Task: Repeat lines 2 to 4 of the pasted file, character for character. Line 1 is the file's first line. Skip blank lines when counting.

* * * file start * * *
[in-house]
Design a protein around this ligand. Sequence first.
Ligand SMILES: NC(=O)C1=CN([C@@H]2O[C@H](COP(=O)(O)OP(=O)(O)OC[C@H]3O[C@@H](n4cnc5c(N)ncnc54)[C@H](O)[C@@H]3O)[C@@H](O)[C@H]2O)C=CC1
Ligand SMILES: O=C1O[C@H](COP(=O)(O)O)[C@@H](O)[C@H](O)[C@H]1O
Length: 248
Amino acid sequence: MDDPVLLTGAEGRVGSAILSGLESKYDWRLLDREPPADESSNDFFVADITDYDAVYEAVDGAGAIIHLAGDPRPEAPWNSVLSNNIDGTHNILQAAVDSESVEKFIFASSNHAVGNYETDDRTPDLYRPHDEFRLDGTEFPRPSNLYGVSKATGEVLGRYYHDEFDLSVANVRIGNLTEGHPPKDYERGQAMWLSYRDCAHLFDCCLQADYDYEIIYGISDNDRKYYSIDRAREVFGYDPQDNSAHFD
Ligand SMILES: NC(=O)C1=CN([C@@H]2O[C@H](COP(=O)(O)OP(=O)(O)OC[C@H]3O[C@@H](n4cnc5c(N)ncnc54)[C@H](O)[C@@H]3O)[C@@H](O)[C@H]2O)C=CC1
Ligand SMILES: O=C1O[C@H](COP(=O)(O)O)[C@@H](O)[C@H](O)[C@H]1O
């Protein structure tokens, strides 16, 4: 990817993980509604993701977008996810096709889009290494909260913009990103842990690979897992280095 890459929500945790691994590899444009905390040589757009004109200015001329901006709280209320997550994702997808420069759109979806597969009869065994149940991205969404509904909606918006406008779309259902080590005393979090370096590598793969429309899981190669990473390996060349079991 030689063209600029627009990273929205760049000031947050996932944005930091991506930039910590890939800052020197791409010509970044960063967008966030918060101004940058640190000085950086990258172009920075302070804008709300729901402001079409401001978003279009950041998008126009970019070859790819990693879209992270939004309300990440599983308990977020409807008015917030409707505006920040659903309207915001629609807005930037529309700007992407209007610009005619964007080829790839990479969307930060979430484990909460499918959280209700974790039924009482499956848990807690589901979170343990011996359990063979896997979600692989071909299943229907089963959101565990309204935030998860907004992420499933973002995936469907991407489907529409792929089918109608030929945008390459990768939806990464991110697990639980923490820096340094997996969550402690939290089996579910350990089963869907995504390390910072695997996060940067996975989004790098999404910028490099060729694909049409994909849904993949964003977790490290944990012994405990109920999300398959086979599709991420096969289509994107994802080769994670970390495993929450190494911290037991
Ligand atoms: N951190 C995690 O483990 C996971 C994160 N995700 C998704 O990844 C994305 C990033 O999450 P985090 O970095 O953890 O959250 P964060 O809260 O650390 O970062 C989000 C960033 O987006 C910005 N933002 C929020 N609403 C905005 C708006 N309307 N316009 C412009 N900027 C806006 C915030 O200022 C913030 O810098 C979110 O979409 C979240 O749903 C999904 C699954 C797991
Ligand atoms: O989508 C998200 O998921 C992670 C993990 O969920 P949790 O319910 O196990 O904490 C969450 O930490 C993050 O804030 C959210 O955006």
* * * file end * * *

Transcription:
Design a protein around this ligand. Sequence first.
Ligand SMILES: NC(=O)C1=CN([C@@H]2O[C@H](COP(=O)(O)OP(=O)(O)OC[C@H]3O[C@@H](n4cnc5c(N)ncnc54)[C@H](O)[C@@H]3O)[C@@H](O)[C@H]2O)C=CC1
Ligand SMILES: O=C1O[C@H](COP(=O)(O)O)[C@@H](O)[C@H](O)[C@H]1O